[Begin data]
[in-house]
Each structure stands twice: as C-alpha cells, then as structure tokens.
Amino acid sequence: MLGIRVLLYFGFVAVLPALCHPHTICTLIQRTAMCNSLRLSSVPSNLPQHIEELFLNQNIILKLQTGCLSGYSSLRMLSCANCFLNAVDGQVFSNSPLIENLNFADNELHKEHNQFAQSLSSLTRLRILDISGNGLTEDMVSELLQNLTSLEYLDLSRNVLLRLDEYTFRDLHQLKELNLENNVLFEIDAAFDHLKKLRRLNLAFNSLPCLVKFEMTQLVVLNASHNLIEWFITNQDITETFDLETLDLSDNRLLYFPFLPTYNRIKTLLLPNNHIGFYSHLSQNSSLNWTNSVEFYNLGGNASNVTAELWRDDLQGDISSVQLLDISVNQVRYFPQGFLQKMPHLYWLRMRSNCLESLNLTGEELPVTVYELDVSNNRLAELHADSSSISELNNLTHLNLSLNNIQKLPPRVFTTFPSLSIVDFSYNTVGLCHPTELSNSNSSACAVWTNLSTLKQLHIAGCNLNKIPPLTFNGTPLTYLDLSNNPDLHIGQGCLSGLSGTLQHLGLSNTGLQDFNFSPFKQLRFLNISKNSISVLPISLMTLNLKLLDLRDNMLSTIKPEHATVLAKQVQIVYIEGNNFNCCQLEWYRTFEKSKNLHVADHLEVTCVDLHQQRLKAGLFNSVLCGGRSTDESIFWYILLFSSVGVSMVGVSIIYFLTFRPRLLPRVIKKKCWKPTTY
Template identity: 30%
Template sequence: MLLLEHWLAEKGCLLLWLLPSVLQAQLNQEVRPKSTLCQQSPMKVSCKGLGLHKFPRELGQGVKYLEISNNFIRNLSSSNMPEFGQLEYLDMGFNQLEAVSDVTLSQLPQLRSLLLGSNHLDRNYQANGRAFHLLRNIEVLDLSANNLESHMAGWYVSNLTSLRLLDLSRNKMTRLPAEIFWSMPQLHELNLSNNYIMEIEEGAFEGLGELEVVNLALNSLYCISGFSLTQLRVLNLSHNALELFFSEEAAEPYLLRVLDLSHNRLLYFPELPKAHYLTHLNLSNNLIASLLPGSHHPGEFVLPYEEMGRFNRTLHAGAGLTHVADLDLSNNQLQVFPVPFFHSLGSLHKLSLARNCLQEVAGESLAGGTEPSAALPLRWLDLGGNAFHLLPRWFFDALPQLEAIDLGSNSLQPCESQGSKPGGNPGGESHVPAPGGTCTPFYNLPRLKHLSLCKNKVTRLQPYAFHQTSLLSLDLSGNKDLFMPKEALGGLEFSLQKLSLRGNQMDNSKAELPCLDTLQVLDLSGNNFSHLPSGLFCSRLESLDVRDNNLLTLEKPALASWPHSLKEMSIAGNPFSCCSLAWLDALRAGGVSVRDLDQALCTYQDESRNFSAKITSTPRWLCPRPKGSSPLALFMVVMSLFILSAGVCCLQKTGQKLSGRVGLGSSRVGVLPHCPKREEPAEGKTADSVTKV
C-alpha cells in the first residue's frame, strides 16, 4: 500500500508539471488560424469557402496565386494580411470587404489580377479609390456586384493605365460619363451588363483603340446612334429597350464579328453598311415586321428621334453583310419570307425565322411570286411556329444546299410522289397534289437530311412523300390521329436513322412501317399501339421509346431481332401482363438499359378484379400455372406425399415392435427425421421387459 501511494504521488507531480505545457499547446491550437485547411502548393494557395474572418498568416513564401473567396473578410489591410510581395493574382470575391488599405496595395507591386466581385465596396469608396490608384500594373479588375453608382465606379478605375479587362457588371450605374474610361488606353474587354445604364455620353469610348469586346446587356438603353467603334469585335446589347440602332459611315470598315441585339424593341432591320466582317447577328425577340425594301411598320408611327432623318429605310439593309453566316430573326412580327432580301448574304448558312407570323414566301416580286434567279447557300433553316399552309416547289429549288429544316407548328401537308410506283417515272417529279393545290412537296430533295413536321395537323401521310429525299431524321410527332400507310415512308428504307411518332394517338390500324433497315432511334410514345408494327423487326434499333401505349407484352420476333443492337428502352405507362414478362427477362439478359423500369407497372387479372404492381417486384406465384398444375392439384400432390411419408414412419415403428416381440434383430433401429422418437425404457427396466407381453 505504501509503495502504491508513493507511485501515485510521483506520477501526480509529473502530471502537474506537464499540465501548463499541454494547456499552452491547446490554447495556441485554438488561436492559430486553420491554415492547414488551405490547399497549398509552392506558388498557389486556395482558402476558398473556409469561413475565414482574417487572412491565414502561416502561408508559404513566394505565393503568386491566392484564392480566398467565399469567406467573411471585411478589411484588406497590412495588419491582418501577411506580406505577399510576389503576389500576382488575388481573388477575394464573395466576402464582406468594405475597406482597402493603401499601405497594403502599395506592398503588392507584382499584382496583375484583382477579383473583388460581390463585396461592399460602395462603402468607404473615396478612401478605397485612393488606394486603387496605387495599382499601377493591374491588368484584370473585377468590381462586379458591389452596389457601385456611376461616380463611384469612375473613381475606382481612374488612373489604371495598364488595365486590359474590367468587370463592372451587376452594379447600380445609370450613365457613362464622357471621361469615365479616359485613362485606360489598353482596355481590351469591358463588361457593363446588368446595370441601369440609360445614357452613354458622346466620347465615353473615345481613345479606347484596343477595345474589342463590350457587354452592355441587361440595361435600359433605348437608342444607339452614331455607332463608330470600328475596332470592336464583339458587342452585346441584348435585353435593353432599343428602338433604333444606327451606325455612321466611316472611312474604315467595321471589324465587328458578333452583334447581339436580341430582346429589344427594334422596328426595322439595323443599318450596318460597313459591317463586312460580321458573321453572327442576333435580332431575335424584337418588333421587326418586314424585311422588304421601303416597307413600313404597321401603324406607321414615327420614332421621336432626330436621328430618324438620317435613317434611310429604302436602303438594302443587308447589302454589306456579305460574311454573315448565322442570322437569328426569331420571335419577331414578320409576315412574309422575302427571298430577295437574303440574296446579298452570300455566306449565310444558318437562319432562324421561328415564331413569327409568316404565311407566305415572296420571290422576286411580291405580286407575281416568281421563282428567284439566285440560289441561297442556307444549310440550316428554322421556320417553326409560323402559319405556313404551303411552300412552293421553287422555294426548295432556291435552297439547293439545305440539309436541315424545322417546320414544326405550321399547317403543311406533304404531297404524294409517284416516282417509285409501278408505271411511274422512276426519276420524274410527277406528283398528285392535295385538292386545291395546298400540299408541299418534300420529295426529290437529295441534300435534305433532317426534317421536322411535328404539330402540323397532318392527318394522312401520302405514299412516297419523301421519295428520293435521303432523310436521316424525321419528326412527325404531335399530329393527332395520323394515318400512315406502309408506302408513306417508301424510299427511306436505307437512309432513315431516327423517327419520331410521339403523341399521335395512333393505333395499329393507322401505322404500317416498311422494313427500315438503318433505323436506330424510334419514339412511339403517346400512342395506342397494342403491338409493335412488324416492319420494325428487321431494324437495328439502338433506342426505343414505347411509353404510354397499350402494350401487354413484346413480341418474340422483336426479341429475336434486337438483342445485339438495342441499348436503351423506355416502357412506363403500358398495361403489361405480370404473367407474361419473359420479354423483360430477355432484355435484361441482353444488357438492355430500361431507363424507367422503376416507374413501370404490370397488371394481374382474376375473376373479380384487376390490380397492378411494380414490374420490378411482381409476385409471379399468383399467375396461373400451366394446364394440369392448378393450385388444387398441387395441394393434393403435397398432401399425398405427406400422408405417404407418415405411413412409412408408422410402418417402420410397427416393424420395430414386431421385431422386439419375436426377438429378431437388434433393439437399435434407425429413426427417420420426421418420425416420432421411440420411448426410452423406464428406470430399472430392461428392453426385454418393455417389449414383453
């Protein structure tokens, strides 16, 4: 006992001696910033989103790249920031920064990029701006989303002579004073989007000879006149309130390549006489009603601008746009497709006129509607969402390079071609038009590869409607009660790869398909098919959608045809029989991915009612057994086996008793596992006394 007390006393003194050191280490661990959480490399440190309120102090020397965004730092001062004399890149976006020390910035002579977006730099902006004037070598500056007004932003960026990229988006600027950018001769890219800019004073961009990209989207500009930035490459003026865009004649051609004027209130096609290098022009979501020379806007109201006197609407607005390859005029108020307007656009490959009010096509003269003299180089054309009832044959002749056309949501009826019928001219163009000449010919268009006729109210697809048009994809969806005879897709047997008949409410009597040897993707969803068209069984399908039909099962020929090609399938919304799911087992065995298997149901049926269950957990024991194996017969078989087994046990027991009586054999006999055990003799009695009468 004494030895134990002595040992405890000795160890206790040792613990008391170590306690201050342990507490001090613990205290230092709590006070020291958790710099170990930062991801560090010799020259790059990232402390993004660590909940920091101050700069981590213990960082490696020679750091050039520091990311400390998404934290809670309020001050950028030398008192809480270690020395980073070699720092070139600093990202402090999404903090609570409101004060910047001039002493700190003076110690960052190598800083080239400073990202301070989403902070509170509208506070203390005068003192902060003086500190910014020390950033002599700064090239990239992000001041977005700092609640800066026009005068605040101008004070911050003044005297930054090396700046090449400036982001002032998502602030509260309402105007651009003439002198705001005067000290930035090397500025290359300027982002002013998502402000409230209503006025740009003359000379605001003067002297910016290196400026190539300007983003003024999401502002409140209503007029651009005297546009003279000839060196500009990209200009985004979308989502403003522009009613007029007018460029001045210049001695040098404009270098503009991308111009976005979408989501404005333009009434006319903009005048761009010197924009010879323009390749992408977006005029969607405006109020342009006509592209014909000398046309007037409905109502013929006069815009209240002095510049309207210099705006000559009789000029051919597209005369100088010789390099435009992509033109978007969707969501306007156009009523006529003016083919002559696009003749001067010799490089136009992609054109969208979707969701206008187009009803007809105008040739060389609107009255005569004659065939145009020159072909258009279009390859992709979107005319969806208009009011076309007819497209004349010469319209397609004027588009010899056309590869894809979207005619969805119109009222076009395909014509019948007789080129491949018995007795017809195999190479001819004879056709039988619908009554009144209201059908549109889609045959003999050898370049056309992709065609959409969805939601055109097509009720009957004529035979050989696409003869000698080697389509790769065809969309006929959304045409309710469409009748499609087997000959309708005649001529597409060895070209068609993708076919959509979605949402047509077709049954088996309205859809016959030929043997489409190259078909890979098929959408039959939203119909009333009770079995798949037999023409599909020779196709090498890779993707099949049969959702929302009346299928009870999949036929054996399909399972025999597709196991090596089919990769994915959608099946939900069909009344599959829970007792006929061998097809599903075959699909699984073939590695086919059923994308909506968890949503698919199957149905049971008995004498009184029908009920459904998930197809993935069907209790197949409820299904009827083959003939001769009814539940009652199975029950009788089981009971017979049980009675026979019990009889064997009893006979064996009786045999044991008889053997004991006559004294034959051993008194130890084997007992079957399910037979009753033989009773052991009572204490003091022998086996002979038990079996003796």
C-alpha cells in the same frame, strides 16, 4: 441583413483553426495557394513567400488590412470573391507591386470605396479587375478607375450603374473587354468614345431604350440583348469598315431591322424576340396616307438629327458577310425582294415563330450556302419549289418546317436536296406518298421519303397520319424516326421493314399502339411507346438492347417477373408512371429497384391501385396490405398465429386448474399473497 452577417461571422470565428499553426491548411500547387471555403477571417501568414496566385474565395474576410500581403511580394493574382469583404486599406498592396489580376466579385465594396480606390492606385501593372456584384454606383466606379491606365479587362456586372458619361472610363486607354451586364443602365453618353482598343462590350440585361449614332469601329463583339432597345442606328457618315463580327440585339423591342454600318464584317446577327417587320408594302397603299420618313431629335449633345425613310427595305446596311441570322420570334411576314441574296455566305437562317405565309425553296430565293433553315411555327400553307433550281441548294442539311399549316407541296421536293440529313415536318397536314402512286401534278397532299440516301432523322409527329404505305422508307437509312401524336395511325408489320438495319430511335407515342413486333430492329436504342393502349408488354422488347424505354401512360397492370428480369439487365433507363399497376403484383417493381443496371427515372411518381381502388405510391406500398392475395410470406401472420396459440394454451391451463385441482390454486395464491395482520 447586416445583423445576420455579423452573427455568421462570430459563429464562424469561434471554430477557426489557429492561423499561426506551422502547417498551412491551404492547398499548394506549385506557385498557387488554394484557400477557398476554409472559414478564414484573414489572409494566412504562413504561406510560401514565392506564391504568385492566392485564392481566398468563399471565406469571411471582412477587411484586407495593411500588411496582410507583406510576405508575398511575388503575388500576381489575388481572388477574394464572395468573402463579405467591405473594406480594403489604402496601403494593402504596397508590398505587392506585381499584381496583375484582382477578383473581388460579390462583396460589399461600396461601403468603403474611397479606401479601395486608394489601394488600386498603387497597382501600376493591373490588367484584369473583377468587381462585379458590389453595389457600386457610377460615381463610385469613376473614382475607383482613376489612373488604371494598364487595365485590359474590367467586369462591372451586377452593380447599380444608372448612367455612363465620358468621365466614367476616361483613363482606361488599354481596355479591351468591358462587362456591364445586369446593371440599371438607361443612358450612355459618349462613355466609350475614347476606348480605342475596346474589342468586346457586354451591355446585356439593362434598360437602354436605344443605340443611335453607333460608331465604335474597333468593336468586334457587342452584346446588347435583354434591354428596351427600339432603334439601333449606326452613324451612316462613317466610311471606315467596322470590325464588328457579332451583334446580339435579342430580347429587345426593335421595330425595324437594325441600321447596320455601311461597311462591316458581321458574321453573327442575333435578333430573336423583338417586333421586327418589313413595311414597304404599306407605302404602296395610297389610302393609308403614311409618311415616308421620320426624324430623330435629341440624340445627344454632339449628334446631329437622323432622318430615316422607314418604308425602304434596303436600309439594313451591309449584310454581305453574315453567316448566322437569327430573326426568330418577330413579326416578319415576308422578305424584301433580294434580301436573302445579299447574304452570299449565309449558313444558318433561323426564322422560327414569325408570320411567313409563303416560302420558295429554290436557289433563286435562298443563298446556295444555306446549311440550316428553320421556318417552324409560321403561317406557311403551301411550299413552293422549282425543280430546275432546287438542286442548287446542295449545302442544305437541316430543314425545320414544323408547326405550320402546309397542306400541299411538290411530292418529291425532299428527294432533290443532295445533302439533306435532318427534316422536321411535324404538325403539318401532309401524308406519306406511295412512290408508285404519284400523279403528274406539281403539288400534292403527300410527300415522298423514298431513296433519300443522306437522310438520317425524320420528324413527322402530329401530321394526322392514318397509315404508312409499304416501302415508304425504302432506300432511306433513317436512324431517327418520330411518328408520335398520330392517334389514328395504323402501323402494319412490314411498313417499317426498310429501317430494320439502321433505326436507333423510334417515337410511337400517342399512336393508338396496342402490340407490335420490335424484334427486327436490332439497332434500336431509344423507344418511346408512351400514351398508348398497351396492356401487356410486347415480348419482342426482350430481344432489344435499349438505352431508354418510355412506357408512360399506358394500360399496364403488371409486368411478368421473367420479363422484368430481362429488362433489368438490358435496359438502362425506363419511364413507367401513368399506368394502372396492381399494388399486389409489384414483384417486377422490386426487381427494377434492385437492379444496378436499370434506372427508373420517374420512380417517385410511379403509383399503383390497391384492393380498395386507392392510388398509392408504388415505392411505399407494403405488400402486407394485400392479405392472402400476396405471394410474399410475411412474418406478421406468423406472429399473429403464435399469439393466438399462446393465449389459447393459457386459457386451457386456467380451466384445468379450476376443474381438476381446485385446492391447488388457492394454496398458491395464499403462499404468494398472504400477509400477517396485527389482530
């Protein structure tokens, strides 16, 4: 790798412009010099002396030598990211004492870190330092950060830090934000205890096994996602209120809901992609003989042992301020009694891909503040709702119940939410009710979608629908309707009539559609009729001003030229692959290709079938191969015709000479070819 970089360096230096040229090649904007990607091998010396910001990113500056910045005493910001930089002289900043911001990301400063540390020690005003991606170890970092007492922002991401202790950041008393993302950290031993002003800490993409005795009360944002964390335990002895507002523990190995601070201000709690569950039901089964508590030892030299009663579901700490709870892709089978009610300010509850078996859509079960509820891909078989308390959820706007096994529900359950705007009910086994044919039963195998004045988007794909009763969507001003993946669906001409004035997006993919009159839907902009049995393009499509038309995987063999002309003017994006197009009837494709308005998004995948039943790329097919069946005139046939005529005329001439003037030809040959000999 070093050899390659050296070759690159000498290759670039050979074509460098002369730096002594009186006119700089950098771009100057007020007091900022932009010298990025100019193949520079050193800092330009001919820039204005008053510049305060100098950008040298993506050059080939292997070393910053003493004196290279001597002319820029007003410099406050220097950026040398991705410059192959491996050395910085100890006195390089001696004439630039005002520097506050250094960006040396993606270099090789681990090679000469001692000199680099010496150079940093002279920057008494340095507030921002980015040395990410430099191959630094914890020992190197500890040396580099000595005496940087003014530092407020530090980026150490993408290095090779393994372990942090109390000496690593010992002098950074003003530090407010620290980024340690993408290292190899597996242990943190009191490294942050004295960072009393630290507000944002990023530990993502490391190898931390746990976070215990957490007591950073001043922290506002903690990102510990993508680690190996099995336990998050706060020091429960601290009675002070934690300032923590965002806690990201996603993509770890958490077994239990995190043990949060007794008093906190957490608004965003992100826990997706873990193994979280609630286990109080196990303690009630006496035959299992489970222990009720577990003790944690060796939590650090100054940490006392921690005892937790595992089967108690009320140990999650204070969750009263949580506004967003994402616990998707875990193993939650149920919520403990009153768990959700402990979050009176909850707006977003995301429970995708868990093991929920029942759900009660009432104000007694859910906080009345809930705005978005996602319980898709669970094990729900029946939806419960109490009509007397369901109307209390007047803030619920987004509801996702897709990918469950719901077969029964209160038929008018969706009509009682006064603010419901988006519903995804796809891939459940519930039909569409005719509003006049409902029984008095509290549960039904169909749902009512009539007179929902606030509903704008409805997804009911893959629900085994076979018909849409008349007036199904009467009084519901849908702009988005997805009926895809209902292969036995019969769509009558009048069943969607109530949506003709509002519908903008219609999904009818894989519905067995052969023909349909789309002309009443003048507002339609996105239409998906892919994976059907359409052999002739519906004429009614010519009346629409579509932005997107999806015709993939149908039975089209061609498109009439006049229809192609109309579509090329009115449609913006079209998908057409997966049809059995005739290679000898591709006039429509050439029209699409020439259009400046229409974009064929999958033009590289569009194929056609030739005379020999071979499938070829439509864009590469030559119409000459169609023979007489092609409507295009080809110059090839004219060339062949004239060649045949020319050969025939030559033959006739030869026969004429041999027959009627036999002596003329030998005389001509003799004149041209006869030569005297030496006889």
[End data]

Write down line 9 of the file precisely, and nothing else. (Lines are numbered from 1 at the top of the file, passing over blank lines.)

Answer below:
């Protein structure tokens, strides 16, 4: 790798412009010099002396030598990211004492870190330092950060830090934000205890096994996602209120809901992609003989042992301020009694891909503040709702119940939410009710979608629908309707009539559609009729001003030229692959290709079938191969015709000479070819 970089360096230096040229090649904007990607091998010396910001990113500056910045005493910001930089002289900043911001990301400063540390020690005003991606170890970092007492922002991401202790950041008393993302950290031993002003800490993409005795009360944002964390335990002895507002523990190995601070201000709690569950039901089964508590030892030299009663579901700490709870892709089978009610300010509850078996859509079960509820891909078989308390959820706007096994529900359950705007009910086994044919039963195998004045988007794909009763969507001003993946669906001409004035997006993919009159839907902009049995393009499509038309995987063999002309003017994006197009009837494709308005998004995948039943790329097919069946005139046939005529005329001439003037030809040959000999 070093050899390659050296070759690159000498290759670039050979074509460098002369730096002594009186006119700089950098771009100057007020007091900022932009010298990025100019193949520079050193800092330009001919820039204005008053510049305060100098950008040298993506050059080939292997070393910053003493004196290279001597002319820029007003410099406050220097950026040398991705410059192959491996050395910085100890006195390089001696004439630039005002520097506050250094960006040396993606270099090789681990090679000469001692000199680099010496150079940093002279920057008494340095507030921002980015040395990410430099191959630094914890020992190197500890040396580099000595005496940087003014530092407020530090980026150490993408290095090779393994372990942090109390000496690593010992002098950074003003530090407010620290980024340690993408290292190899597996242990943190009191490294942050004295960072009393630290507000944002990023530990993502490391190898931390746990976070215990957490007591950073001043922290506002903690990102510990993508680690190996099995336990998050706060020091429960601290009675002070934690300032923590965002806690990201996603993509770890958490077994239990995190043990949060007794008093906190957490608004965003992100826990997706873990193994979280609630286990109080196990303690009630006496035959299992489970222990009720577990003790944690060796939590650090100054940490006392921690005892937790595992089967108690009320140990999650204070969750009263949580506004967003994402616990998707875990193993939650149920919520403990009153768990959700402990979050009176909850707006977003995301429970995708868990093991929920029942759900009660009432104000007694859910906080009345809930705005978005996602319980898709669970094990729900029946939806419960109490009509007397369901109307209390007047803030619920987004509801996702897709990918469950719901077969029964209160038929008018969706009509009682006064603010419901988006519903995804796809891939459940519930039909569409005719509003006049409902029984008095509290549960039904169909749902009512009539007179929902606030509903704008409805997804009911893959629900085994076979018909849409008349007036199904009467009084519901849908702009988005997805009926895809209902292969036995019969769509009558009048069943969607109530949506003709509002519908903008219609999904009818894989519905067995052969023909349909789309002309009443003048507002339609996105239409998906892919994976059907359409052999002739519906004429009614010519009346629409579509932005997107999806015709993939149908039975089209061609498109009439006049229809192609109309579509090329009115449609913006079209998908057409997966049809059995005739290679000898591709006039429509050439029209699409020439259009400046229409974009064929999958033009590289569009194929056609030739005379020999071979499938070829439509864009590469030559119409000459169609023979007489092609409507295009080809110059090839004219060339062949004239060649045949020319050969025939030559033959006739030869026969004429041999027959009627036999002596003329030998005389001509003799004149041209006869030569005297030496006889």